The stop-go evacuation of rebel fighters, and civilians, from Aleppo had begun again as I write, but the reason for the last interruption was instructive. It was Jabhat Fatah al-Sham (formerly the Syrian branch of al-Qaeda) that burned the buses coming to evacuate the wounded from Foah and Kefraya.
The same organization dominates the rebel forces in Aleppo, and its propaganda has worked very well. According to Western media, the city of Aleppo has not just been “destroyed”; it has been “annihilated”. There has not only been a “massacre”; there has been a “genocide.”
Official sources have not been much better. Last week at the UN Security Council, U.S. ambassador Samantha Power compared what was happening in Aleppo to other scenes of slaughter “that define modern evil, that stain our conscience decades later … Rwanda, Srebrenica and, now, Aleppo.”
In Rwanda, an estimated 800,000 people, most of them from the Tutsi minority, were murdered by the militia of the Hutu regime in 1994 in a period of three-and-a-half months. About 20 per cent of the country’s population, and up to 70 per cent of its Tutsis, were killed.
In Srebrenica in 1995, 8,000 Bosnian Muslim men and boys, civilians who had been living under UN “protection,” were systematically shot and buried by Serbian troops in a single day. That was a genocide, too, although the numbers were far smaller than in Rwanda. The victims were killed because they were Muslims.
So does Aleppo really belong on this grim list? We don’t know the exact number of civilians who died there, but a reasonable guess would be that between one thousand and several thousand civilians were killed by bombs and shellfire during the final four months of the siege.
But that is what happens in sieges, even when they are conducted by people much nicer than Bashar al-Assad’s regime. Does anybody really believe that the civilian death toll will be lower, if, and when, the Iraqi army retakes the besieged city of Mosul?
Nothing that has happened so far in either city is a patch on what happened to civilians in Leningrad in 1941-42, or in Manila and Berlin in 1945. In the western half of Aleppo, where the regime never lost control, around a million people have gone about their daily lives almost as normal, losing only a dozen or so dead a month to the shells and rockets that the rebels fired into their zone.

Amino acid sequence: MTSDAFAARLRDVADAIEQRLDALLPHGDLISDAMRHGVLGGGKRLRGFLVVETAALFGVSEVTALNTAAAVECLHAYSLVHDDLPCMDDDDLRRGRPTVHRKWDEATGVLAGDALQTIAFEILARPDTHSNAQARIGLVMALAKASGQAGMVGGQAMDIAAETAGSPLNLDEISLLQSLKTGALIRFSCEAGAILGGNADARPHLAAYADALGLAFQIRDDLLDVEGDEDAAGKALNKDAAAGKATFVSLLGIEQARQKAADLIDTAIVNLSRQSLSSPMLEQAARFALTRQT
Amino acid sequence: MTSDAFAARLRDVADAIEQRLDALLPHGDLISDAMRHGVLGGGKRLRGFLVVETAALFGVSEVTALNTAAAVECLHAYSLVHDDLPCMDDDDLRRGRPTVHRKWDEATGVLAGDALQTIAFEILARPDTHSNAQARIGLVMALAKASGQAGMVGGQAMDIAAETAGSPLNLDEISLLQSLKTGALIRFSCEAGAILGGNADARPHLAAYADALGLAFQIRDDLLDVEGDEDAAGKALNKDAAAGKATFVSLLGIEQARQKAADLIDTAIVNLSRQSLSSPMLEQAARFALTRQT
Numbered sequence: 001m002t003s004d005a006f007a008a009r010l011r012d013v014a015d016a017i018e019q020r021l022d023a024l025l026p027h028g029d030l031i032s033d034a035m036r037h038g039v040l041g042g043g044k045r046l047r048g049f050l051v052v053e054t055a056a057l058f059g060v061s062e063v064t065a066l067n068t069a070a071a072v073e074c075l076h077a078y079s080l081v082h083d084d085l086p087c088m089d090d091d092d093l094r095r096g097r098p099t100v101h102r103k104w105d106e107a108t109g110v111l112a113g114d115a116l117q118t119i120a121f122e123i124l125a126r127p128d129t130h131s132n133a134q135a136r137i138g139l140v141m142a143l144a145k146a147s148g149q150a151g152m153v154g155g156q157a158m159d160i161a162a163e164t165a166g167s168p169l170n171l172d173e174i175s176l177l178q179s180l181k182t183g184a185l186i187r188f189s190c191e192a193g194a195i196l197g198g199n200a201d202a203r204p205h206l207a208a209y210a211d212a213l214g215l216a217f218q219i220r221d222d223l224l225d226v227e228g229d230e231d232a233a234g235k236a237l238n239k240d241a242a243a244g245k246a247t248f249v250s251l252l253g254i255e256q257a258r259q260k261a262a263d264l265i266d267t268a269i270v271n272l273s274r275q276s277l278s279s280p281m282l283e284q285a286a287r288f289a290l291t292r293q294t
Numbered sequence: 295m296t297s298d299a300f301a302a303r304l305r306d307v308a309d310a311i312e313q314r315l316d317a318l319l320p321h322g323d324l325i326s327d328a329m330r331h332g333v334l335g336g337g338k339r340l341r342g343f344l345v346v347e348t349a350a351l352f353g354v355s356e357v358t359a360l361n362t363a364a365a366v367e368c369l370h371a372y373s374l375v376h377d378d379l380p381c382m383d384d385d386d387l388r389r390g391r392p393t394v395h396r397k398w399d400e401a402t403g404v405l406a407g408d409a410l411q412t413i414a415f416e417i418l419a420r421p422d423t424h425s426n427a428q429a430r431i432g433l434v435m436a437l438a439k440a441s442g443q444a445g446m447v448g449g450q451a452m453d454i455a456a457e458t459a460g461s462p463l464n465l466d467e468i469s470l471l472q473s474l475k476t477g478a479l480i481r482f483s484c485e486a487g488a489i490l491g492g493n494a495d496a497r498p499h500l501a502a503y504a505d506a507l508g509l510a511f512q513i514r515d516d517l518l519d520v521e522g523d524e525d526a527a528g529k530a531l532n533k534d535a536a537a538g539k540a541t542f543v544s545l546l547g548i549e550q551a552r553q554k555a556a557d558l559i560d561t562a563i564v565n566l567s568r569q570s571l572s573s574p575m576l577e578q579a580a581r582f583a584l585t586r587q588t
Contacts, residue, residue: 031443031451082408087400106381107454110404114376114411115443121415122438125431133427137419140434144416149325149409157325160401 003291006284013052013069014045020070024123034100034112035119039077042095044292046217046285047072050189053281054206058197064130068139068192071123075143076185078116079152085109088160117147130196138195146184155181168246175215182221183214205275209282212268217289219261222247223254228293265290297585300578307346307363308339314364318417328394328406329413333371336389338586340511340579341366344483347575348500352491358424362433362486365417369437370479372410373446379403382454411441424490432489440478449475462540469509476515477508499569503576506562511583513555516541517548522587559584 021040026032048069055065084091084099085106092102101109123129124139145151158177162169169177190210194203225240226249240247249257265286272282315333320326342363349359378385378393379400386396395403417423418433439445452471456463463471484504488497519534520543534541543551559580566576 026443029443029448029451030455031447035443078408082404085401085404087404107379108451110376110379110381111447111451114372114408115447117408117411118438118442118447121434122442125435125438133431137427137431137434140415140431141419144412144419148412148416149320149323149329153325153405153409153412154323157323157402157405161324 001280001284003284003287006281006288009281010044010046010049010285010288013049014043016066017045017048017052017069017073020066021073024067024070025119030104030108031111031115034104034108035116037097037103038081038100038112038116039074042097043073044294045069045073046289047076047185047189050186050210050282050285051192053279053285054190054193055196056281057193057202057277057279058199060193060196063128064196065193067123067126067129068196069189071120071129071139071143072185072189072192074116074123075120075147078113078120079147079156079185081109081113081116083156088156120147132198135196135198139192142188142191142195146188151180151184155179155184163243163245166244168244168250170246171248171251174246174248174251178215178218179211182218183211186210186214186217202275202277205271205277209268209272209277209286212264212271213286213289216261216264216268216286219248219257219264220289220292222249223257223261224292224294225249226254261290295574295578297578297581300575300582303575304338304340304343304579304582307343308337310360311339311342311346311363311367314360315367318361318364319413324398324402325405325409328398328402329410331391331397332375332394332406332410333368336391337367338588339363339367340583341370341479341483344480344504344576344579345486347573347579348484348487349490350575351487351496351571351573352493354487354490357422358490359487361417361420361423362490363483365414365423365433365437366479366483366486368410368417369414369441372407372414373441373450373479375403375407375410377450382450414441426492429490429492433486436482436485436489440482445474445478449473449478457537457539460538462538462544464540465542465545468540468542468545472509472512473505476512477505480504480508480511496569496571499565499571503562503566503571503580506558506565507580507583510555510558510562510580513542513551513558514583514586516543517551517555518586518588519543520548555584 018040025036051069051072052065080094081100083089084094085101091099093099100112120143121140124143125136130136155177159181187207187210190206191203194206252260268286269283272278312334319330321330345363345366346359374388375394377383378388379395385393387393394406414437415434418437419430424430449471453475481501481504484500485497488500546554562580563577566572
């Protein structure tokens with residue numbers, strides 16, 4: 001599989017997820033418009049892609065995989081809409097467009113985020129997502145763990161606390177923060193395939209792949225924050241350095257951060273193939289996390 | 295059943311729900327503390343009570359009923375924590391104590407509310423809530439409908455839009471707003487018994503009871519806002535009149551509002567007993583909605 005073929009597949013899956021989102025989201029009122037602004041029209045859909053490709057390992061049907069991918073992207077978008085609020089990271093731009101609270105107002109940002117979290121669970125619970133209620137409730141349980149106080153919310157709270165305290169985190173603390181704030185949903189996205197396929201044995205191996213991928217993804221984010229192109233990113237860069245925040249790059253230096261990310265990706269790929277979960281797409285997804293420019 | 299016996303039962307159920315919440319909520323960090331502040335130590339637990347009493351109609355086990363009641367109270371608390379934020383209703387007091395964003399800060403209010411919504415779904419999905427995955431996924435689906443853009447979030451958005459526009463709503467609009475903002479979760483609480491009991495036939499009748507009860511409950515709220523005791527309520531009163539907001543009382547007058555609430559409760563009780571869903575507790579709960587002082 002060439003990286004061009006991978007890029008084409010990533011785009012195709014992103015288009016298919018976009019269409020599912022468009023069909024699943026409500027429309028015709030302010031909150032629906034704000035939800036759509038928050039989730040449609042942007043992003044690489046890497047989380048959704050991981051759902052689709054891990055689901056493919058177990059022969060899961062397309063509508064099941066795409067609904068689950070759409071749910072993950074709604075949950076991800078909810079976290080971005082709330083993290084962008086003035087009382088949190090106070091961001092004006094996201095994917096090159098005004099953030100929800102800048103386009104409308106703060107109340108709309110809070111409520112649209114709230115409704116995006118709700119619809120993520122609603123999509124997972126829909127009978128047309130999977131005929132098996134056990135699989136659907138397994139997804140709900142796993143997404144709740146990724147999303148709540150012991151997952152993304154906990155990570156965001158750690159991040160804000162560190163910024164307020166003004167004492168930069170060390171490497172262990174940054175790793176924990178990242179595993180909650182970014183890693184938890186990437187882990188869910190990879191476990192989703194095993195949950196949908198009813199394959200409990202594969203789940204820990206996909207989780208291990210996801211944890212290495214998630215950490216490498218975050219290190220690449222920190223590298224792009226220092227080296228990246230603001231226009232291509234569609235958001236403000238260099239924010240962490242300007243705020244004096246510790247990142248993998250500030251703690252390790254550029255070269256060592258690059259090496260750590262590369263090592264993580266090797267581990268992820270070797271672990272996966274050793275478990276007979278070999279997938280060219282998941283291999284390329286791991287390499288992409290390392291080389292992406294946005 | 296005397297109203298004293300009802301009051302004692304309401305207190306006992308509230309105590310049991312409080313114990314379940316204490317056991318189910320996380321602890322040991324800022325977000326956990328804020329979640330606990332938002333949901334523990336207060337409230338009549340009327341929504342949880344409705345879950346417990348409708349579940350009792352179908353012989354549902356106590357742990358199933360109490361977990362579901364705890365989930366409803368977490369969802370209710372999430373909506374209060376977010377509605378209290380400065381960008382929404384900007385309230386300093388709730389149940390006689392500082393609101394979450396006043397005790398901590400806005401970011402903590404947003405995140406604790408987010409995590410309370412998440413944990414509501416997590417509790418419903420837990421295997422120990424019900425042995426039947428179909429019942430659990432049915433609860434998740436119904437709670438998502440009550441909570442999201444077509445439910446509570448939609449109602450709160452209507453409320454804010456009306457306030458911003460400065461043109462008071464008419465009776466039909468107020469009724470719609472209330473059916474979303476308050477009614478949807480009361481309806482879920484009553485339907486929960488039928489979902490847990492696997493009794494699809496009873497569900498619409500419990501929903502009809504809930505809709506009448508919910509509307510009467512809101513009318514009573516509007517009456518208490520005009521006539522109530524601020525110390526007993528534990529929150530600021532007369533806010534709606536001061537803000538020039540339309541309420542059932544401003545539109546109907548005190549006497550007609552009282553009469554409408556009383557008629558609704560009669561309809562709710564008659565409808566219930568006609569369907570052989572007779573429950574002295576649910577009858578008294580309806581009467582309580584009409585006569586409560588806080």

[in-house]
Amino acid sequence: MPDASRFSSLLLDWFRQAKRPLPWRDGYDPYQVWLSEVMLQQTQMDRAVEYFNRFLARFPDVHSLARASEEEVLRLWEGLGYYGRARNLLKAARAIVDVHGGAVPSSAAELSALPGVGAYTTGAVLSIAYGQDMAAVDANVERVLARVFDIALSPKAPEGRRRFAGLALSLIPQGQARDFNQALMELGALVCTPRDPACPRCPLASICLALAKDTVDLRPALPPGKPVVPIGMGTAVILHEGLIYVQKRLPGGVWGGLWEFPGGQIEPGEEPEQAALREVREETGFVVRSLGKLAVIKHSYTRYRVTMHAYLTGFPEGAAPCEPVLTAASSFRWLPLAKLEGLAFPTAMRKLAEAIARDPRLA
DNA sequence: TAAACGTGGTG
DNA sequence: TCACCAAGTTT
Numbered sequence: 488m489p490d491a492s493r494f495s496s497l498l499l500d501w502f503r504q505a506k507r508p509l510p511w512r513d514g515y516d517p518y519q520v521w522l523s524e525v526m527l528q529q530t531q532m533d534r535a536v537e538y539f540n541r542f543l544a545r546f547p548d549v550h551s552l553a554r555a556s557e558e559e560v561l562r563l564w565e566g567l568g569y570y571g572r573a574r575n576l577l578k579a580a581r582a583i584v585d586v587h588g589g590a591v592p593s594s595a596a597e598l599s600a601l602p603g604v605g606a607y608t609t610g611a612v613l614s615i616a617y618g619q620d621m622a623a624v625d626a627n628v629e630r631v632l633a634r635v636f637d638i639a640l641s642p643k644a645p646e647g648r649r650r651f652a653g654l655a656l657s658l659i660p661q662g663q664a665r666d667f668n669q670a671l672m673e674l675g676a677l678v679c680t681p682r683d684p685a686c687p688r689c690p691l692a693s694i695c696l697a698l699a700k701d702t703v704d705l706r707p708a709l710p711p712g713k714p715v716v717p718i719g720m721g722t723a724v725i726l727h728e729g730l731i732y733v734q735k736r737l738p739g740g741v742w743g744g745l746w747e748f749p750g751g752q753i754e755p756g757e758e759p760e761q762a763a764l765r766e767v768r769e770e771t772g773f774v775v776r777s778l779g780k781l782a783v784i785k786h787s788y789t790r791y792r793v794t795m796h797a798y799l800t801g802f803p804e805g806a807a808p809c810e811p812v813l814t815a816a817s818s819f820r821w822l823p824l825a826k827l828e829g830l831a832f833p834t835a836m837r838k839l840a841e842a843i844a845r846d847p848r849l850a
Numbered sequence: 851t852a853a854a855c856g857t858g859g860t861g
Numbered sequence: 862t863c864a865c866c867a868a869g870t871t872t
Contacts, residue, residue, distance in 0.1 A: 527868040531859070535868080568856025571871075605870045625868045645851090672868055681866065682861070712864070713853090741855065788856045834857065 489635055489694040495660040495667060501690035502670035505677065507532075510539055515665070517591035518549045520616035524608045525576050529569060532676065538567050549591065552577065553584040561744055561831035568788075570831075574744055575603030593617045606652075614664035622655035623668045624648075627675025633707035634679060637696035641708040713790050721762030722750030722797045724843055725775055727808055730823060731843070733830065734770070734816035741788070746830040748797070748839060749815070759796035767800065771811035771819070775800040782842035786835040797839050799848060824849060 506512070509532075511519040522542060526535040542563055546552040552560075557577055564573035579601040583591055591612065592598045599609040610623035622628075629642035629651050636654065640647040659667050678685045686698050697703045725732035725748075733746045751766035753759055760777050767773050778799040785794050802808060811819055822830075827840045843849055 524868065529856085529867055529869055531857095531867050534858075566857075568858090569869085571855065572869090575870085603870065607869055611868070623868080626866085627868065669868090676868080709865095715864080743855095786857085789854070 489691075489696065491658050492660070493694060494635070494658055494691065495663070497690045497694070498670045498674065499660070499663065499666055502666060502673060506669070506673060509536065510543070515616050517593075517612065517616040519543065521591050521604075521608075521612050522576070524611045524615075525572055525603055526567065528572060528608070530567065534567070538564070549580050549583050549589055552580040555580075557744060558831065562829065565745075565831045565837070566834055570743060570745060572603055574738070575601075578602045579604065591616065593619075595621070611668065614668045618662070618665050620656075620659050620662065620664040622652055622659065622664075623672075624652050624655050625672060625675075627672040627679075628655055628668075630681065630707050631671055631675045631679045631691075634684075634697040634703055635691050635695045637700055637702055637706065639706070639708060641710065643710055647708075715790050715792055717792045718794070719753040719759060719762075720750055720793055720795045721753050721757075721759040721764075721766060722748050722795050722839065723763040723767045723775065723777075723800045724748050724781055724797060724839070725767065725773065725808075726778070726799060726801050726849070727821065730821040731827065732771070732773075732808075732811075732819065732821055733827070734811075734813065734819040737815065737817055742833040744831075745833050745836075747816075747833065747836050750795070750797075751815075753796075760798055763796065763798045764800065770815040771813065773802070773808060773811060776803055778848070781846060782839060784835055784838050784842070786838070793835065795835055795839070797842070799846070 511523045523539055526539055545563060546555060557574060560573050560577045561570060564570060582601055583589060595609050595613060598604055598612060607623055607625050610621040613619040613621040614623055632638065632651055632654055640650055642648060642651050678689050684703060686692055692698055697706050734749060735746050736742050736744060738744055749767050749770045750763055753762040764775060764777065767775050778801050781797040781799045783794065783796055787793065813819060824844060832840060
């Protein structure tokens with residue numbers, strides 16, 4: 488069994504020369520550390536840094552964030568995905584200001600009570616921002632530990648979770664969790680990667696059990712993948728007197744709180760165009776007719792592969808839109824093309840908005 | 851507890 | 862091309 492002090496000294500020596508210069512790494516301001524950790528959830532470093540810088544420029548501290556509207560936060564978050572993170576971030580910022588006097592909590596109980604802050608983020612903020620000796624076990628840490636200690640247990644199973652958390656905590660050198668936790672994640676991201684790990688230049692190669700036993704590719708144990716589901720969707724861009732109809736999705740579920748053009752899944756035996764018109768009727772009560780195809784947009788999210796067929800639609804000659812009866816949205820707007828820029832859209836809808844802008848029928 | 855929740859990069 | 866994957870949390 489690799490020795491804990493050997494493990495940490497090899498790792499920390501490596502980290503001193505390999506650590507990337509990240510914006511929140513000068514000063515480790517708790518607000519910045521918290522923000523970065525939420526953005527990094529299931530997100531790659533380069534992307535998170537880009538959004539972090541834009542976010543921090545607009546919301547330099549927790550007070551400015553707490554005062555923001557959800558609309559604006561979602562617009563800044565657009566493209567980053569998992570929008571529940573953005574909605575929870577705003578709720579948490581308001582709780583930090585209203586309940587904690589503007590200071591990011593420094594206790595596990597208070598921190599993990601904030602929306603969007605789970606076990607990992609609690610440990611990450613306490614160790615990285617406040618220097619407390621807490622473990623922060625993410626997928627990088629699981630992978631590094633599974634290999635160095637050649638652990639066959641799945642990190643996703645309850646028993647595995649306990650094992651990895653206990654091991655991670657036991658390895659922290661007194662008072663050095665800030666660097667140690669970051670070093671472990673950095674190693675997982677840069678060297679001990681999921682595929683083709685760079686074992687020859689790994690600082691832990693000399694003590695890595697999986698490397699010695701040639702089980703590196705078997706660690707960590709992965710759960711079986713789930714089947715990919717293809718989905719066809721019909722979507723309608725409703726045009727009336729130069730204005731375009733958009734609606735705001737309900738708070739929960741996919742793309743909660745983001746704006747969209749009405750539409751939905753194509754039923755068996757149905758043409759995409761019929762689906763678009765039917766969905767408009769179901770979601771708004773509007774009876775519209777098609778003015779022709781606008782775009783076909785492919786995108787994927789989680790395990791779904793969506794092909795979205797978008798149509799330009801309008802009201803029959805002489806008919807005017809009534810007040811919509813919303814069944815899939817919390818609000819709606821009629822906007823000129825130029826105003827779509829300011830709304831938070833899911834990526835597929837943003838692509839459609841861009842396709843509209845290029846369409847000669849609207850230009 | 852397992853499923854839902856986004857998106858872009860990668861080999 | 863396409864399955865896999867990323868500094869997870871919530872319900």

I’m not writing this as a defence of the Assad regime, but because we need to understand why the Western media peddled such a distorted picture of what was going on.
The problem was that the 10,000 fighters who controlled eastern Aleppo (but were never mentioned or seen in any of the reports that came out of there) also controlled the people who were doing the blogs and uploading the images. The civilians were the rebels’ most valuable resource. Indeed, they frequently killed civilians who tried to leave.
Some of the bloggers and videographers probably supported the extreme Islamist groups who dominated the rebel forces in eastern Aleppo. Others may have been less keen on their local rulers, although they all backed the revolt against Assad. But they all knew that the penalty for saying, or showing, things that displeased their juhadi rulers would be arrest and torture, perhaps death.
The rebels wanted the siege to be portrayed as a senseless, and brutal, assault on civilians (and only on civilians) because their only hope was to shock and shame foreign powers, especially the United States, into intervening militarily and stopping the siege. It was never likely to happen, but they obviously thought it was worth a try.
And the Western media ran this propaganda because nothing else was available. Foreign journalists did not dare to enter eastern Aleppo because they knew they would be killed. If they were allowed to report freely, it would spoil the rebels’ game.
A lot of news editors understood just what the game was, but they used the material anyway – and they did not warn the audience that it was, in effect, propaganda. So it’s not surprising that even normally sensible grown-ups are resorting to the apocalyptic rhetoric we have been hearing recently.
Gwynne Dyer is an independent journalist.